FeaturedIT topics

IDG Contributor Network: Artificial intelligence will close the gap on latency in telecommunications

In the telecommunications industry, artificial intelligence already plays a lead role for marketers. For example, VoIP platforms are using IBM’s Watson to gather deep insights about callers and conversations. This data is then used to enhance and personalize the customer experience.

Inbound phone calls are a rich source of data for any company, and they are easier to mine and analyze with AI. For example, Watson transcribes conversations and converts them to text. The text can then be analyzed by software programmed to identify certain phrases and words designated as signals indicating actions. For example, the phrase, “what’s your warranty?” might indicate an intent to purchase.

With AI, large amounts of unstructured voice data are easier to analyze, but what about using it to improve the quality of those calls?

Analog audio doesn’t cause latency like digital does

For years, analog ruled the world of music and telecommunications. Then digital audio entered the scene and became the standard. Digital audio is easy to reproduce, but just like with analog the quality fades with each reproduction.

Sound quality of any kind naturally degrades over time and distance, as we’ve all experienced with cell phones, Skype, and other digital voice platforms. However, digital audio has the highest potential for latency because it’s not a complete signal. Digital sound consists of multiple points of data rather than one complete signal.

The difference between analog and digital audio communications

Analog phone lines—referred to as “landlines”—transfer voice data over a copper wire. Voices are converted to analog electronic signals and passed continuously in both directions. Analog signals are continuous and clear. VoIP converts voices to digital signals and sends them over a network. Digital signals are a collection of values that represent the original information. While digital voice can be clear, the data points can be lost or become corrupt in transit and that’s why digital voice is sometimes distorted.

When voice is transferred over a network, it takes more processing power to deliver the data. For example, with a landline, the copper wires and other infrastructure are already in place, and they were engineered to work with standard telephones. As long as the standard telephone doesn’t get too much of an upgrade, the infrastructure will support the calls. Digital communications are different because each person has his or her own equipment, which may not be of the highest quality. A person with top-of-the-line networking equipment won’t receive a clear digital voice communication from someone who sent it using poor technology.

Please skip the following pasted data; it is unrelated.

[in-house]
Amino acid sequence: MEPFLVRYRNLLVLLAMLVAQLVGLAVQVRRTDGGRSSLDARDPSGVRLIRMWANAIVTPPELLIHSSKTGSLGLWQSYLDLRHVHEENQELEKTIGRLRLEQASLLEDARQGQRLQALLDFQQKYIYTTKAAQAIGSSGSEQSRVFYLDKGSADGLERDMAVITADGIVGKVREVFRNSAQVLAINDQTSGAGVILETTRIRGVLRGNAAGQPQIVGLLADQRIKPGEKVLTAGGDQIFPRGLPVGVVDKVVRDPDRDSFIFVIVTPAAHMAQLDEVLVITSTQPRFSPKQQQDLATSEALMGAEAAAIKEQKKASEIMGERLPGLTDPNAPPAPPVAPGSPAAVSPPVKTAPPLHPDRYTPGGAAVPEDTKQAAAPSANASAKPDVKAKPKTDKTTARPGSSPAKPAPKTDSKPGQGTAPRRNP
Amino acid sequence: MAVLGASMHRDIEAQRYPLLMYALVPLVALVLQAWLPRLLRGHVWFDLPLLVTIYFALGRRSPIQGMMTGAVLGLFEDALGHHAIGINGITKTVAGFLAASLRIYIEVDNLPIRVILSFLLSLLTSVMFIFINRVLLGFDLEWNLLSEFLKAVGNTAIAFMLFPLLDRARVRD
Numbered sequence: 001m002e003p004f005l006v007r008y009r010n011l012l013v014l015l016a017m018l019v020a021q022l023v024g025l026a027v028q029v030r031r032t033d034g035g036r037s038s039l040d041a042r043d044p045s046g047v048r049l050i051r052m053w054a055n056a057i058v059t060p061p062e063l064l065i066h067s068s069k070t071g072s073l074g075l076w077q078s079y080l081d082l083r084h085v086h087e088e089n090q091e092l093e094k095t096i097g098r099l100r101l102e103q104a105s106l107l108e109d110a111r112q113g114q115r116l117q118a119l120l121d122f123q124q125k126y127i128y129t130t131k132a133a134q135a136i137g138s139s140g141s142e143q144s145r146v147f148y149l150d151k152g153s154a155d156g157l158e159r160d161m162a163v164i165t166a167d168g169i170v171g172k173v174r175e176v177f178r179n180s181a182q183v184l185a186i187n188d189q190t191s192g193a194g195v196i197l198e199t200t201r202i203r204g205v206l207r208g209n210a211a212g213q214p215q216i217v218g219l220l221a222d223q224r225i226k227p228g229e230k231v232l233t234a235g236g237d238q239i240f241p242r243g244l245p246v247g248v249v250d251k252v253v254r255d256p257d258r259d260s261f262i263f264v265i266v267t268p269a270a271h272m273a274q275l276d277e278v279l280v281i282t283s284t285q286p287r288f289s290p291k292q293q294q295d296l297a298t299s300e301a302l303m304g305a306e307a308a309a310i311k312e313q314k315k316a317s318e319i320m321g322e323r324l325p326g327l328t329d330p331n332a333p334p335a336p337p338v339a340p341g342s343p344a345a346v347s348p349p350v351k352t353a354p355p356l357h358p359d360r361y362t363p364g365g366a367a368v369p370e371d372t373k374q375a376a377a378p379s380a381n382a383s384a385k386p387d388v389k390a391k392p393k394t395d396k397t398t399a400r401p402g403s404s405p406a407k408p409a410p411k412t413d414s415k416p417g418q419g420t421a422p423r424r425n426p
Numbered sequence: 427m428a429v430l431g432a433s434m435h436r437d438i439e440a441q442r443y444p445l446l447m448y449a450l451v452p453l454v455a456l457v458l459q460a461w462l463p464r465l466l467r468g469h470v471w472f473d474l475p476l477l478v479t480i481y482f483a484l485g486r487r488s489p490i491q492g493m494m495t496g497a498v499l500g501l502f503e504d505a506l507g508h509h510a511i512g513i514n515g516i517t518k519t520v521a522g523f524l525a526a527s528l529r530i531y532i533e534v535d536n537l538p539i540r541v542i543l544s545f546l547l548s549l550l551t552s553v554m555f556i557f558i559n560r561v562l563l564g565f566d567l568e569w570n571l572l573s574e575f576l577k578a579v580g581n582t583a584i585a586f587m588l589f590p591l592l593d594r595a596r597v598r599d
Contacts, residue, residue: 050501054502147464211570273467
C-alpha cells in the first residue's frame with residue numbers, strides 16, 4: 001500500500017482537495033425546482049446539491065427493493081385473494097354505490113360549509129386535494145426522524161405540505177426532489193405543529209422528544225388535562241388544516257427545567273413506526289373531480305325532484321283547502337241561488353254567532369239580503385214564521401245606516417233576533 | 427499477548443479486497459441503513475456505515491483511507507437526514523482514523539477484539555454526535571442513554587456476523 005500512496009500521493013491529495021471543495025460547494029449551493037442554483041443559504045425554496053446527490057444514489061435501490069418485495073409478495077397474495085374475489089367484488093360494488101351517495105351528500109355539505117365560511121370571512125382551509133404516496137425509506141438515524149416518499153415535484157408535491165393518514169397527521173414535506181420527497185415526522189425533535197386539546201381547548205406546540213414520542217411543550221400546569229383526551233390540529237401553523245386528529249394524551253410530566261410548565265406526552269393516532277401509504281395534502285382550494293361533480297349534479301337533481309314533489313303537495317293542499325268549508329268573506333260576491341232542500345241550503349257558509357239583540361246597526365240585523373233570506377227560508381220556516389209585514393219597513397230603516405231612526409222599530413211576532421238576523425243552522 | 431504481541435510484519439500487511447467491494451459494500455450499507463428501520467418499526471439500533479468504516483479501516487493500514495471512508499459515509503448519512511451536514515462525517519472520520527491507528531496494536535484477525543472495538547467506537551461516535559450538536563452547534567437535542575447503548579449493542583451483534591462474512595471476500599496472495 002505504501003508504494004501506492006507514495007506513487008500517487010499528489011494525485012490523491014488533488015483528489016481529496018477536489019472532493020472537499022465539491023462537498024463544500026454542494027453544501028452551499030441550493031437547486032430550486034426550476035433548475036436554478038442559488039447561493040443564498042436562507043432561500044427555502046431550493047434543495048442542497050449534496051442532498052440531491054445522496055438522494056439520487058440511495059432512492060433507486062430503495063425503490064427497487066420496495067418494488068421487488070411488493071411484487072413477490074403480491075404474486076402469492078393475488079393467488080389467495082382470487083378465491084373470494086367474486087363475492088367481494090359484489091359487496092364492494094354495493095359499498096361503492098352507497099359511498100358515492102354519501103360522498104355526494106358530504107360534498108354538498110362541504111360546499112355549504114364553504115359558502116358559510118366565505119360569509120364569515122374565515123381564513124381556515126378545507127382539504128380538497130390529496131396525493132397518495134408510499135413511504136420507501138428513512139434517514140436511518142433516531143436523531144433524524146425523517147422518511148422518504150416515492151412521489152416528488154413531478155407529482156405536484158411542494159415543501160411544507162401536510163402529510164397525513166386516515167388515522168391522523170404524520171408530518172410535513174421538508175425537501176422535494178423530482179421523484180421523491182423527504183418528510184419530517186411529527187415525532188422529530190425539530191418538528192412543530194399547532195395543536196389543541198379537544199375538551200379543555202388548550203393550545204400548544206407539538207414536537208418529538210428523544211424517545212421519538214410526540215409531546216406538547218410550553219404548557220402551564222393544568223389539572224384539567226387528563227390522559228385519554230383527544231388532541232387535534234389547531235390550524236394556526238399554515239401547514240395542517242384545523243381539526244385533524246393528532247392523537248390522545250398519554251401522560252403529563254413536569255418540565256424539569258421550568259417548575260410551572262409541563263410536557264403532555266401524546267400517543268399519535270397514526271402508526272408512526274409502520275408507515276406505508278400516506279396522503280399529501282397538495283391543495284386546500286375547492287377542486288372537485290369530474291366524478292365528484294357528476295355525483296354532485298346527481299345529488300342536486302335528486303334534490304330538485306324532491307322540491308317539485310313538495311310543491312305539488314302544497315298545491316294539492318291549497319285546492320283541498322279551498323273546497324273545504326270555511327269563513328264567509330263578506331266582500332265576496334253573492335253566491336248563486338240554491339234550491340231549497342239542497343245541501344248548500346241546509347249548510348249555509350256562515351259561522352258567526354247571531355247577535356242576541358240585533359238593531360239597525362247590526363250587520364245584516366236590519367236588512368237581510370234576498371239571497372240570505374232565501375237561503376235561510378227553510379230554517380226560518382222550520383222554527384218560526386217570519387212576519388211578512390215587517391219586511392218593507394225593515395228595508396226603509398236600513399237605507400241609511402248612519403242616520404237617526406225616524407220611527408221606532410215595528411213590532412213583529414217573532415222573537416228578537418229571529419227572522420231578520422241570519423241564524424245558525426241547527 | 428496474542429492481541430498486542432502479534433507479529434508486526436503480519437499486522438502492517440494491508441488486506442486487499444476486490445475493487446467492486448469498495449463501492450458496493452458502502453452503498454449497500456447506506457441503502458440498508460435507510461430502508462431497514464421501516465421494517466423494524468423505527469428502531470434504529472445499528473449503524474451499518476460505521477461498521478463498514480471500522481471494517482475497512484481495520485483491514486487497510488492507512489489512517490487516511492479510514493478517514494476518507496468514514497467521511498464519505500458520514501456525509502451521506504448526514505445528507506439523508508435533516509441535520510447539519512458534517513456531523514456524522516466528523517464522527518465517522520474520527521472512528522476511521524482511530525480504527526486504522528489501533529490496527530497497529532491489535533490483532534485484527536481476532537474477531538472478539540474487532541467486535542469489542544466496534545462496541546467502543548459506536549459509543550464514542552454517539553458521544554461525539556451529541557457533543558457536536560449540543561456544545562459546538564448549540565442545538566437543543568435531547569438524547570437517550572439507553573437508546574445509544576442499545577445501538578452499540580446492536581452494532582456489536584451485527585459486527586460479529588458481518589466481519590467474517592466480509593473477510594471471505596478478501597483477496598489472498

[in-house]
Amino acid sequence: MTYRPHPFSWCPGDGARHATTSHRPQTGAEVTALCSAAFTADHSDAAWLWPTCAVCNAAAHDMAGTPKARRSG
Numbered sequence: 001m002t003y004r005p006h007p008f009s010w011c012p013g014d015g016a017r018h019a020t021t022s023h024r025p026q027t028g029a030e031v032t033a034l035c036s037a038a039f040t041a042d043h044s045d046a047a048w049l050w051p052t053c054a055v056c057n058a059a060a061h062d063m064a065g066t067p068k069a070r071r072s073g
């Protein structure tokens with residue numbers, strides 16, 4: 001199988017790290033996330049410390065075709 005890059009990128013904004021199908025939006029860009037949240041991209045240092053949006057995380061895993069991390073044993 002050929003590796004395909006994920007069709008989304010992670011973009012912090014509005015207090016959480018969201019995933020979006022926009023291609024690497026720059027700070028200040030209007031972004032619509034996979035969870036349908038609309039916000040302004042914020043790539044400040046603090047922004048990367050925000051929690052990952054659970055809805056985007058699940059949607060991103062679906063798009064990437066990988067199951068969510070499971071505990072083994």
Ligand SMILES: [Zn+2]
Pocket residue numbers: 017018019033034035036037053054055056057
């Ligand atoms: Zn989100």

With VoIP technology, businesses have been dealing with the effects of latency in calls for years. Latency occurs when the demand for processing data exceeds the capabilities of the system. For example, limitations in an audio recording system commonly create a delay in sound output. This creates inconsistencies in timing and errors in sound processing.

The same thing happens with voice calls, and it’s time for a change.

Reducing latency in VoIP communications with AI

During an audio conversation over a network, 300ms of latency will make people talk over each other, and the conversation will be impossible to follow. Latency isn’t just calculated one way. The time it takes to encode audio and the time it takes for the packet to travel are taken into account. Latency doesn’t affect audio quality, but it can make a conversation awkward.

During a voice call, every millisecond counts. “The typical round-trip VoIP flow constitutes a minimum of six packets, 20ms each,” explains Cato Networks. “That leaves just 130ms to 180ms of cushion for the entire transmission network. This may sound sufficient, the reality is that, after delays due to distance and network processing, that window is scarcely sufficient for delivering quality voice on a well-run network, let alone one with the variance of the public Internet.”

Clear voice calls rely on the successful delivery of packets, but errors can cause packets to be discarded. By detecting problems before packets are sent, AI can reduce the latency and loss of IP packets sent during voice communications. Detecting quality degradation early is the key to improving all the factors that affect voice calls: latency, jitter, and packet loss. Nothing can detect degradation as early as AI.

AI can also prioritize traffic more efficiently than traditional methods for routing network traffic and eliminate the need to stack protocols or create custom configurations that become complex sources of frustration later on.

What are we waiting for?

Three hundred milliseconds of latency today seems equivalent to waiting three weeks to receive a letter delivered by horse. Although, when the postal system was first created, three weeks was probably considered fast compared to what people were used to.

It’s time for AI to step in and speed things up

Keeping latency low is a significant task. Formerly, upgrading hardware or laying a new cable to create a more direct route were enough. Technology has caught up, and now processing speed is the main problem. For example, your connection might be low-latency, but if the network you’re connecting to has high latency, you’re going to feel it.

Network latency and application performance are one

Of all the ways to use AI, a boost in processing speed will bring the biggest benefit to telecommunications. AI has the power to store, move, and process data faster than current technology. With the aid of database management software powered by AI, it will be an unstoppable solution.

This article is published as part of the IDG Contributor Network. Want to Join?

Related Articles

Back to top button